GRETA stresses the need for a comprehensive national anti-trafficking action plan in Italy, as well as a country-wide identification and referral system for victims. GRETA also underlines the importance of better co-ordination among those who are involved in fighting trafficking.
Further awareness-raising measures are also needed in San Marino, according to GRETA, and steps should be taken to systematically provide information to foreigners employed as domestic workers, carers or seasonal workers both on their rights and on the risks of trafficking.
Finally, the report on Ukraine highlights the need to address emerging trends such as the increase in trafficking for labour exploitation, internal trafficking and trafficking of foreign nationals into the country. GRETA is deeply concerned by the consequences of the current crisis in Ukraine on anti-trafficking activities and the growing number of people who are vulnerable to trafficking.
The Council of Europe convention is a legally-binding treaty which sets out a series of measures to help prevent trafficking, protect victims and prosecute offenders. It has so far been ratified by 41 of the Council of Europe’s 47 member states, plus Belarus.
Andorra and the Council of Europe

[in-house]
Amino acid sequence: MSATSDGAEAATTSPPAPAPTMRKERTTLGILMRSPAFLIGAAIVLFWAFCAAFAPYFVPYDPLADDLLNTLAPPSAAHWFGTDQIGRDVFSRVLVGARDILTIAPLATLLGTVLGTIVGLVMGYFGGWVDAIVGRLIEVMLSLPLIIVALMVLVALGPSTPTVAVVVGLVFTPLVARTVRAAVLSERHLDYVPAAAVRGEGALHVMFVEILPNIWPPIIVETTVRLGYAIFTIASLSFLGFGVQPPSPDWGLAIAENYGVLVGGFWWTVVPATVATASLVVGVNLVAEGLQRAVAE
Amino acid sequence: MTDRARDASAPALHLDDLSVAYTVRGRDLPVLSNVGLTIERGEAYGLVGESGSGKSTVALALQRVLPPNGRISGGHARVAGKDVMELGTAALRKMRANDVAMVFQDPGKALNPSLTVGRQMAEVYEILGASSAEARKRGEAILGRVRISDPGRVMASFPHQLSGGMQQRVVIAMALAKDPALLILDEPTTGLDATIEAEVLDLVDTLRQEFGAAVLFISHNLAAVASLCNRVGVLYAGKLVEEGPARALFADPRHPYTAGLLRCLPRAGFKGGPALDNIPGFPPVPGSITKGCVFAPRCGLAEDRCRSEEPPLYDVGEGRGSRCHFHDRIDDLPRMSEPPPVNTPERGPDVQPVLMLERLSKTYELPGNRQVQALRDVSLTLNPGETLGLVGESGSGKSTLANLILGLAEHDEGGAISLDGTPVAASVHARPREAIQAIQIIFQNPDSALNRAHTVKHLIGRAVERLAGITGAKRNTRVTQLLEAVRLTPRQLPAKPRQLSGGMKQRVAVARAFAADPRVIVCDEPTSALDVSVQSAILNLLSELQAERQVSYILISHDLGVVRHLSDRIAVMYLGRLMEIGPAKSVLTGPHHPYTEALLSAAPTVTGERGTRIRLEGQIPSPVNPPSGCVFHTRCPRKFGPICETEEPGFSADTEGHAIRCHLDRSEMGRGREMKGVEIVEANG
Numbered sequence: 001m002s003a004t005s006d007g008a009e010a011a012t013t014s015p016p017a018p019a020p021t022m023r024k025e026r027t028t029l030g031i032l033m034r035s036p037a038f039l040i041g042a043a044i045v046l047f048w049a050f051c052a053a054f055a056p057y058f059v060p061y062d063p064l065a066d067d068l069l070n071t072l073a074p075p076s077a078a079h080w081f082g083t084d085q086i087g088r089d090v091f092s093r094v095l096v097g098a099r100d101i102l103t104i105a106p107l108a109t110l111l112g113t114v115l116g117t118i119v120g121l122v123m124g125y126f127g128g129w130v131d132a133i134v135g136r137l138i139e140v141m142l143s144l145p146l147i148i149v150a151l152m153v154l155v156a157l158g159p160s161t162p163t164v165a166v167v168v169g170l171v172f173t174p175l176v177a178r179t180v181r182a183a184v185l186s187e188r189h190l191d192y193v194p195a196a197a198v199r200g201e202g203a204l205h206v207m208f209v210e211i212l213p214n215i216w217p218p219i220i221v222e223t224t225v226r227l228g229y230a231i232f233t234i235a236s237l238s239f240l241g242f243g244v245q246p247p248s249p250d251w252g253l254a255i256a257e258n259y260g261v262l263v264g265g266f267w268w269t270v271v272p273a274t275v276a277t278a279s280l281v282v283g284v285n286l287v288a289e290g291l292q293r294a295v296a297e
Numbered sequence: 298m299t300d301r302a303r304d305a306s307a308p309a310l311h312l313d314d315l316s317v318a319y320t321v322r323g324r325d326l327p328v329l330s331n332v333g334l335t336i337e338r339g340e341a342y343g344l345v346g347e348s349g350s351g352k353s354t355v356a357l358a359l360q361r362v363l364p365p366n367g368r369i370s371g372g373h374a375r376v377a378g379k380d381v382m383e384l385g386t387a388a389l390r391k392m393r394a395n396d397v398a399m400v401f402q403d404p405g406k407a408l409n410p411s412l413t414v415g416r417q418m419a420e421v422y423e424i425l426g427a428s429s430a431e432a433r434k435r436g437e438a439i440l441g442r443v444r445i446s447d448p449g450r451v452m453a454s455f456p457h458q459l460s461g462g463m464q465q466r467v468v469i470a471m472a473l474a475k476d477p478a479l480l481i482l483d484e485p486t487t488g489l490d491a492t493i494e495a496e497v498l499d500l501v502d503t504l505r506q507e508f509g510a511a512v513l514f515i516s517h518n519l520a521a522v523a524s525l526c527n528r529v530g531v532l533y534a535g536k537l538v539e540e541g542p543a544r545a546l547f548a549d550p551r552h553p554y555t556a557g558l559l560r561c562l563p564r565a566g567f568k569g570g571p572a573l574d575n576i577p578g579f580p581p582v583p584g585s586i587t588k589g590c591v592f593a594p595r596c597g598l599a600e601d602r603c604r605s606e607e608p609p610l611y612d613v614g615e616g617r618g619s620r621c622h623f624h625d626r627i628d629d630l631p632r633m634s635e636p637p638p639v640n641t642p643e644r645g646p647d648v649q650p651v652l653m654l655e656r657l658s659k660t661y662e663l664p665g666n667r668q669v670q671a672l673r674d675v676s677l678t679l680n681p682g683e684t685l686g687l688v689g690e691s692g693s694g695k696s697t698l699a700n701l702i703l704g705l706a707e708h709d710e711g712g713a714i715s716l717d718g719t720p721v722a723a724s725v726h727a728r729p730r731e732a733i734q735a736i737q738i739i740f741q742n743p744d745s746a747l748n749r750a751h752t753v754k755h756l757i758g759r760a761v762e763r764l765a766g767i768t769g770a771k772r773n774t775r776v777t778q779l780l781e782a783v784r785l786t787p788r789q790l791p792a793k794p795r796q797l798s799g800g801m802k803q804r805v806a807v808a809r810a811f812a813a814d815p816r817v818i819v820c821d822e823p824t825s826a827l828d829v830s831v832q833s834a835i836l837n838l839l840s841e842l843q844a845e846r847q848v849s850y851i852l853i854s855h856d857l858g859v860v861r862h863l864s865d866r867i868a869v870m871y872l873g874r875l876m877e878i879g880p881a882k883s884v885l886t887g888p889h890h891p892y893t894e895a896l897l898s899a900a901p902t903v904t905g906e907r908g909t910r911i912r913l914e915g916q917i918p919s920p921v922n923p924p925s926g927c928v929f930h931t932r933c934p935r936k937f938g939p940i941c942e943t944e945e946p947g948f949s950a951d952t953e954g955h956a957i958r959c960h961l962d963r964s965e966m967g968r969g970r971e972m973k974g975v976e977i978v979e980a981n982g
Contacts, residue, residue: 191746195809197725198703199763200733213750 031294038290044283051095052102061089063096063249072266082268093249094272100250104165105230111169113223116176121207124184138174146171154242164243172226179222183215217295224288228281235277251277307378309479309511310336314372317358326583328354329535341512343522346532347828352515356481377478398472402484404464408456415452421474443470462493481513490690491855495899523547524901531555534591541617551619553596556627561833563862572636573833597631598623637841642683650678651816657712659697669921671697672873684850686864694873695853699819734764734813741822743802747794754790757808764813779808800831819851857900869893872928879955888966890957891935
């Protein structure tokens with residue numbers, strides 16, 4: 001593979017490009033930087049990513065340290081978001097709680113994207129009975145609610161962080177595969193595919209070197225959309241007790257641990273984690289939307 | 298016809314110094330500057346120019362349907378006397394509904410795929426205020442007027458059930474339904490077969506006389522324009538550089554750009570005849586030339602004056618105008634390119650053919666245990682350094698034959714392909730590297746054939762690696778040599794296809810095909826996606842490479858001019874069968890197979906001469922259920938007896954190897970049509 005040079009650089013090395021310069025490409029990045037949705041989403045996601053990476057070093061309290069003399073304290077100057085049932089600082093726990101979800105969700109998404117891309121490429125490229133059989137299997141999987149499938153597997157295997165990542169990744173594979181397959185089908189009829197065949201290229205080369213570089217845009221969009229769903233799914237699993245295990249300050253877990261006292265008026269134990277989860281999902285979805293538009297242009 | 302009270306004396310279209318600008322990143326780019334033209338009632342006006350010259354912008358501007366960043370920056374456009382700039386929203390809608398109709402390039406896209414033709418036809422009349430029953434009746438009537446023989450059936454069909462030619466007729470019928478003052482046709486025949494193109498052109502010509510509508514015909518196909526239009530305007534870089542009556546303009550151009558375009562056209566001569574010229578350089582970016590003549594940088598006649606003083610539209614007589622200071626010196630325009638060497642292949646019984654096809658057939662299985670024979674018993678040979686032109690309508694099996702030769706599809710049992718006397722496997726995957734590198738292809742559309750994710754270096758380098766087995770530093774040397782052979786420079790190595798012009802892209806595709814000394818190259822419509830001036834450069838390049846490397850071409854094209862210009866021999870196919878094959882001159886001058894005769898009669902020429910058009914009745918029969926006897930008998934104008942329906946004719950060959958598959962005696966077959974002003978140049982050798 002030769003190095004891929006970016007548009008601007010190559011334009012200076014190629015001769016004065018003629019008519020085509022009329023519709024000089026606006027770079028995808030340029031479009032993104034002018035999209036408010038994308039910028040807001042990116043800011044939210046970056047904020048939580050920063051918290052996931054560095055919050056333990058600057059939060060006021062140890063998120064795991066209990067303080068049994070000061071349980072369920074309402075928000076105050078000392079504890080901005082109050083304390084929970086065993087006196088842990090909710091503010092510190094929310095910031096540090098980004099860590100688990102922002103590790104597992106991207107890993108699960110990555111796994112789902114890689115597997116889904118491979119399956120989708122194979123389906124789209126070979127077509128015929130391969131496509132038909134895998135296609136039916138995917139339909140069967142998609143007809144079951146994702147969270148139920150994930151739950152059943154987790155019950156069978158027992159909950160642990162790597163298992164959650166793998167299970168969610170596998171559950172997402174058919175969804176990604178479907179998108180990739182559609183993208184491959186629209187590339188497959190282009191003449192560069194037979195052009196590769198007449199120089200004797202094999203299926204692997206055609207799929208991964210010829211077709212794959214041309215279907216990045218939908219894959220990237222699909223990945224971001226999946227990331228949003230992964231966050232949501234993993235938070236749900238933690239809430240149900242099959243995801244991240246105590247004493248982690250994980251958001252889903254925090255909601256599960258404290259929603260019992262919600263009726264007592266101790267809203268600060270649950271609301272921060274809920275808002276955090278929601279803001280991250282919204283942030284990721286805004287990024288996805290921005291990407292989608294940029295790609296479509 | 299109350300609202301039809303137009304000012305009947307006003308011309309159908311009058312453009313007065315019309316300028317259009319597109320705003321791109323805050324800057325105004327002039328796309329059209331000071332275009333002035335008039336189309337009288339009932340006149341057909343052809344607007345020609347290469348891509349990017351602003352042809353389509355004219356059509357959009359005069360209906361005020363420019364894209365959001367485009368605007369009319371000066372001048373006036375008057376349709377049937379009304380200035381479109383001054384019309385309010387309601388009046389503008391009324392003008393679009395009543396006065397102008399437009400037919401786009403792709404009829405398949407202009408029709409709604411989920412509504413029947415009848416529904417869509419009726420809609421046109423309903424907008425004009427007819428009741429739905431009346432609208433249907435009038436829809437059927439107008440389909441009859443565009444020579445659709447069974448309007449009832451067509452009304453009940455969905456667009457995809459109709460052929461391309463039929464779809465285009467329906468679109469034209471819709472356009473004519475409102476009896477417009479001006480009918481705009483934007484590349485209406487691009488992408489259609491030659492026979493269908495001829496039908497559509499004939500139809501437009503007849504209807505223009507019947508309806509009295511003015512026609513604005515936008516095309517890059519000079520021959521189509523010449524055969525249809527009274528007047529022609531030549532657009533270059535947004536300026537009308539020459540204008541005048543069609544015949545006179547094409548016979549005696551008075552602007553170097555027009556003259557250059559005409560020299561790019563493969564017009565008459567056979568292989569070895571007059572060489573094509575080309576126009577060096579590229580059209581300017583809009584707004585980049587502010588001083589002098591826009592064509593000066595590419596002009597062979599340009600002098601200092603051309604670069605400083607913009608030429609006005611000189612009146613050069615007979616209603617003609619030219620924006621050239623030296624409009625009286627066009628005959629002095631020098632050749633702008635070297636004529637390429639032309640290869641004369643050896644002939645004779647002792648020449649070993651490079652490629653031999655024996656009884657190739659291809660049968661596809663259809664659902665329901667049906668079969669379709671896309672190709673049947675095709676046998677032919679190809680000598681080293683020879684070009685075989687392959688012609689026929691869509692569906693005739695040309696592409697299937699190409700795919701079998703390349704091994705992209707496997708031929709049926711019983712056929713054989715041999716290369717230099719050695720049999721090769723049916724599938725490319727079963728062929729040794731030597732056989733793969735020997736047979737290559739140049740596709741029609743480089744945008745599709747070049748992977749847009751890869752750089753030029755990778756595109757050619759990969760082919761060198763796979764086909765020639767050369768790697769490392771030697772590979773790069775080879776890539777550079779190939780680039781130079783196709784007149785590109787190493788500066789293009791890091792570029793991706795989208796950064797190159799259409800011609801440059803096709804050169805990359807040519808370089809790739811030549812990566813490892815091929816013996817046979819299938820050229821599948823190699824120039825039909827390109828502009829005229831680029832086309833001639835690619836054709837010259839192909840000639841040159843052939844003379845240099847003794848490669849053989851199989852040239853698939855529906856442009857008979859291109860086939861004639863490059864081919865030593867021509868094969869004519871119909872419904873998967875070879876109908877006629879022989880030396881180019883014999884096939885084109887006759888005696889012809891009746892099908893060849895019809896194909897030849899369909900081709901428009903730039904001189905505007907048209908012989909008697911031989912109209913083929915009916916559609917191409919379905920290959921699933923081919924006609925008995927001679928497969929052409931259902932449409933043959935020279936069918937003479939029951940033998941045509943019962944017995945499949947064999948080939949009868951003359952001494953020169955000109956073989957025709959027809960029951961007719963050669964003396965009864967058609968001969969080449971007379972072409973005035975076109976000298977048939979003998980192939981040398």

Iceland and the Council of Europe
Italy and the Council of Europe
San Marino and the Council of Europe
Ukraine and the Council of Europe
"Human rights must be above political agendas and national specificities," President Anne Brasseur said in her opening speech of the PACE autumn session in Strasbourg.
"Our post- Second World War European human rights architecture is very precious as it seeks to create a human rights culture and with it a respectful dialogue, inclusive co-operation and mutual confidence as the best remedy we have found against hatred, oppression and fear", she said.
"The crisis in Ukraine is a flagrant example of the threat to human rights in times of violence and conflict. It is also a reminder of the role the Council of Europe and our Assembly have to play in establishing long-lasting democratic peace through respectful dialogue and co-operation – the mission that the founding fathers of our organisation had foreseen and a mission that is still relevant in today’s Europe," she stressed.
"But there are other threats in Europe today that are far less obvious at first sight, albeit devastating in their effects. They undermine the very foundations of our democratic societies. Growing manifestations of neo-Nazism and the rise of neo-Nazi parties and movements in Europe, some of which have entered parliament at national or EU level, are more than worrying in this regard. As the draft resolution on the “Counteraction to manifestations of neo-Nazism” that we will discuss tomorrow rightly points out, the rise of extremisms and xenophobia is not an isolated phenomenon, but a problem of pan-European dimension", Anne Brasseur concluded.
Strasbourg, 19.09.2014 - Terrorist groups and organised crime often carry out similar types of crimes and share many organisational and operational features. Both groups recruit their new members in prisons and socially deprived areas offering them status and a feeling of belonging.